Healthy Eating

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Flour and Stone Recipes

Baker extraordinaire Nadine Ingram of Sydney's Flour and Stone cooks up a sweet storm for Easter, including the much loved bakery's greatest hit.

Fast autumn dinners

Autumn weather signals the arrival of soups, broths, roasts and more hearty meals.

Roasted cauliflower salad with yoghurt dressing and almonds

The cauliflower is roasted until it starts to caramelise, which adds extra depth of flavour to this winning salad. Serve it warm or at room temperature.

Savoury tarts

Will your next baking project be a flaky puff pastry with pumpkin, goat's curd and thyme, or a classic bacon and Stilton tart? As autumn settles in, we're ticking these off one by one.

Melbournes finest meet Worlds Best

Leading chefs descend on Melbourne in April for The World’s 50 Best Restaurants. We asked local hospitality folk who they’d abduct for the day and where they’d take them to show off their city. There may be coffee, there may be culture, but in the end it’s cocktails.

1980s recipes

Australia saw some bold moves in the ’80s, and we’re not just talking hairstyles. Greater cultural references started peppering the menus of our restaurants, and home-grown ingredients won a new appreciation. The dining scene was coming of age and a new band of pioneers led the charge.

New cruises 2017

Cue the Champagne.

Roti canai

Here, we've made the dough in a food processor, but it's really quick and simple to do by hand as well. If the dough seems a little too wet just add a little more flour.

Sneak peek: The Italian Wine and Food Festival, Melbourne

The Italian Wine and Food Festival 2015

The Italian Wine and Food Festival 2015

The Italian Wine and Food Festival makes its Melbourne début this weekend, and we've got the inside running.

Italians do it better. That's been the motto, if not the mission statement, of the Italian Wine and Food Festival since its inception. Inaugurated in 2013 in Sydney, the festival this month makes its first appearance in Melbourne, and it's going to be big.

We spoke to the festival's founder, award-winning sommelier Lara Caraturo, about its highlights.

You're a champion of Italian wine in Australia, Lara; how did that come to be?

I married another sommelier who is very passionate about all things Italian. Then I had the pleasure of working for Sardinian-born chef Giovanni Pilu at Pilu at Freshwater restaurant in Sydney for eight years. I created a very Italian-focused wine list for the restaurant, which featured an extensive Sardinian offering, as well as an eclectic range of other Italian drinks which hadn't been seen before in Australia. I think we were one of the first Italian restaurants to focus on one region with our drinks offer, too, and that really seemed to resonate with our guests.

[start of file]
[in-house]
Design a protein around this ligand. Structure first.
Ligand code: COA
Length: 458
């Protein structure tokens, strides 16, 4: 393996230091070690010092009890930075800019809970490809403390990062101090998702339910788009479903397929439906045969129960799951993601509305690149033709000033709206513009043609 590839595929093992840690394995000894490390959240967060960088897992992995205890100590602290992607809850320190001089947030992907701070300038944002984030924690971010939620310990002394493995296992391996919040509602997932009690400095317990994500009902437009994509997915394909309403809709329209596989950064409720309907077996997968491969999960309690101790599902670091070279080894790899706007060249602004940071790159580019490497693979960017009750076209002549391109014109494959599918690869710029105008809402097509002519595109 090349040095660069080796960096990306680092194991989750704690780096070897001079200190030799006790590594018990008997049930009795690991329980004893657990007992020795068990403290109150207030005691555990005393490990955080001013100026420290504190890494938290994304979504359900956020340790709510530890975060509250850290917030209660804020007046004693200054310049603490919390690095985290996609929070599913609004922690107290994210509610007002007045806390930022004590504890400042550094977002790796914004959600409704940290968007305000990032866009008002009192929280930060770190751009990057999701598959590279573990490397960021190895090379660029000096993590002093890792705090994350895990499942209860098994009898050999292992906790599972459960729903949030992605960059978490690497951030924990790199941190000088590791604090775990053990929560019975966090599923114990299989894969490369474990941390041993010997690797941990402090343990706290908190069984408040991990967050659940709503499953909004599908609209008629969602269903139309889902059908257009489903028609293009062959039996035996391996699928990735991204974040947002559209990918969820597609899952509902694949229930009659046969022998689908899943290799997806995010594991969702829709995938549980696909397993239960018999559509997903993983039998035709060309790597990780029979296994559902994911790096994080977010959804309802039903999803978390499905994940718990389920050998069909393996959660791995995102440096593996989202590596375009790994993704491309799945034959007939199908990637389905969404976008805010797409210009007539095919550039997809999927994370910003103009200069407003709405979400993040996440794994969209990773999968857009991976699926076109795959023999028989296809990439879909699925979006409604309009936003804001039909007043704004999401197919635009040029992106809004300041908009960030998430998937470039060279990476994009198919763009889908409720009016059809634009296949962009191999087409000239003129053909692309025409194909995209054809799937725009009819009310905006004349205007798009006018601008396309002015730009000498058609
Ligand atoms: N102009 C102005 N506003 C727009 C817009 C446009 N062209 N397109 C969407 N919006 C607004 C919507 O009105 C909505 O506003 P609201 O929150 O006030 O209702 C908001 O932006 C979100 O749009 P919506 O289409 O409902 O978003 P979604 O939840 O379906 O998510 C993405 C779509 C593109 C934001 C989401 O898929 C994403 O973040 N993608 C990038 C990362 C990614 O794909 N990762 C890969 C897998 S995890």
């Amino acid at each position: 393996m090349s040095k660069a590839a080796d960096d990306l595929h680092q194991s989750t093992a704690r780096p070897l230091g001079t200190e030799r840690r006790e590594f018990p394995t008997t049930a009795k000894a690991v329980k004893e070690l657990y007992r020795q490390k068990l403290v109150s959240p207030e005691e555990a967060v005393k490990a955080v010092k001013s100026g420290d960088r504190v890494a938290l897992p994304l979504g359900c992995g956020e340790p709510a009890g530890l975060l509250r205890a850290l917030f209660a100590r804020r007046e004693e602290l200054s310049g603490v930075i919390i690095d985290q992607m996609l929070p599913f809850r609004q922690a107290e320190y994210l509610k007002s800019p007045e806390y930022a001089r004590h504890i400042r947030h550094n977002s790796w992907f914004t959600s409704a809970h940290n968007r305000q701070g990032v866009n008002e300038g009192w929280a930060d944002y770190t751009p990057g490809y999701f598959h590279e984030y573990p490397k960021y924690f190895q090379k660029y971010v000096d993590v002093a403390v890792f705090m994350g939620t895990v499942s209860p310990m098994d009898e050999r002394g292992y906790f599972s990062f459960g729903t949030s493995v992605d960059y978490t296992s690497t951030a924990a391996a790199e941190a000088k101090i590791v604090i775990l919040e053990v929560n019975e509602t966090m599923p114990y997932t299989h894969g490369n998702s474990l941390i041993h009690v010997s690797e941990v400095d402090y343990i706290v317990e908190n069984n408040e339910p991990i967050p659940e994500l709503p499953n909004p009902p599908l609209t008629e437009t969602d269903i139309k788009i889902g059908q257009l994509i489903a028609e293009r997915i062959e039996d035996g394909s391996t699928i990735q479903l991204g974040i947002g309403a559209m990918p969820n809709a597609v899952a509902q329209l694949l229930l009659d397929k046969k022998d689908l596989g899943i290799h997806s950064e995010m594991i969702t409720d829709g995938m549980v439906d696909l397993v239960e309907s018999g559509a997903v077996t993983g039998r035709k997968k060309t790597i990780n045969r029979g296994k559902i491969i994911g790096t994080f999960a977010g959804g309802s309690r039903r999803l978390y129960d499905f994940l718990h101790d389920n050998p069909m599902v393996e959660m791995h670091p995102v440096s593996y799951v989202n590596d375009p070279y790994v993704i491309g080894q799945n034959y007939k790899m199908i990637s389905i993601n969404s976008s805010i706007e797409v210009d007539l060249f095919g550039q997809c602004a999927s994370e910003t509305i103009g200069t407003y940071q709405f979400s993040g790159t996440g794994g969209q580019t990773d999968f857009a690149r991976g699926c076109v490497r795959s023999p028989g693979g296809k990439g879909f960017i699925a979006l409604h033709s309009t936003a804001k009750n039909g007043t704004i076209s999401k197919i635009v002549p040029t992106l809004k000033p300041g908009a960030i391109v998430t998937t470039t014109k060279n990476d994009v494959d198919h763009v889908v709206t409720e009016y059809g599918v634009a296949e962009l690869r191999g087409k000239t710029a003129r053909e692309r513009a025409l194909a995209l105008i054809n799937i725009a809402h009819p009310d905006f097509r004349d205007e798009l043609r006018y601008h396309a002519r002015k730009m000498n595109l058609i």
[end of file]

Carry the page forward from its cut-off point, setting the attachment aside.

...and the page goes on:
You've spent plenty of time eating and drinking up and down the length of Italy. Have you got any memories that shine particularly bright?

So many. I really loved Sicily and Sardinia, but I also have a weakness for the rich food of the north. The biggest recent highlight was probably dining at Osteria Francescana last year and meeting chef Massimo Bottura. I love his focus on local produce and traditions. His energy and passion are inspiring and so infectious.

What prompted you to start the festival?

With our love of Italian culture, and so many Italians living here in Australia, it just seemed like a natural fit.

What can Melbourne expect from the adventure?

Copious amounts of amazing Italian wine and food, for starters. You'll taste Italian wines region by region, meet Italian chefs, join cooking demonstrations and and make pasta and cheeses, shop in the food market, take a workshop, relax in the wine gardens, pick up a cocktail, listen to live music and tap your feet to tunes from our Italian DJ. It's a big day.

Are we right in thinking that though the festival has a wine focus, there's plenty of other good stuff to drink beyond the grape?

Absolutely. There'll be Italian beer, aperitivi, grappa and liqueurs, espresso, Italian waters and soft drinks, plus cocktails made by the magical Matt Bax and his team at the pop-up Bar Americano: think Negronis, Americanos and Aperol Spritzes.

And there's plenty to eat, of course.

It wouldn't be an Italian event without plenty of food. We have some of Melbourne's top Italian restaurants coming to the party (the pizza masters from 400 Gradi among them), and the Gourmet Traveller Food Market will be offering fresh bread, pasta, cheese, salumi, gelato and other Italian specialties.

What about something to feed and water our hearts and minds as well as our bellies?

There'll be food talks with the chefs, Italian wine masterclasses hosted by GT wine editor Max Allen, olive oil workshops hosted by chef Nino Zoccali, sommelier tours, Italian wine workshops for beginners with sommelier Rocco Esposito, and live food demonstrations all day.

What's on the cards for the return of the Sydney festival in August?

We are bigger and better this year, with a larger venue and even more Italian wine and food, plus we will have some special guests joining us from Melbourne.

Any last tips for first-timers?

Come hungry and thirsty and with an open mind, and remember, Italians do it better!

Melbourne Italian Wine and Food Festival, 11am-9pm Sunday 29 May, Royal Exhibition Building, Carlton Gardens, 9 Nicholson St, Carlton, Vic. For tickets and information visit italianwinefoodfestival.com.au

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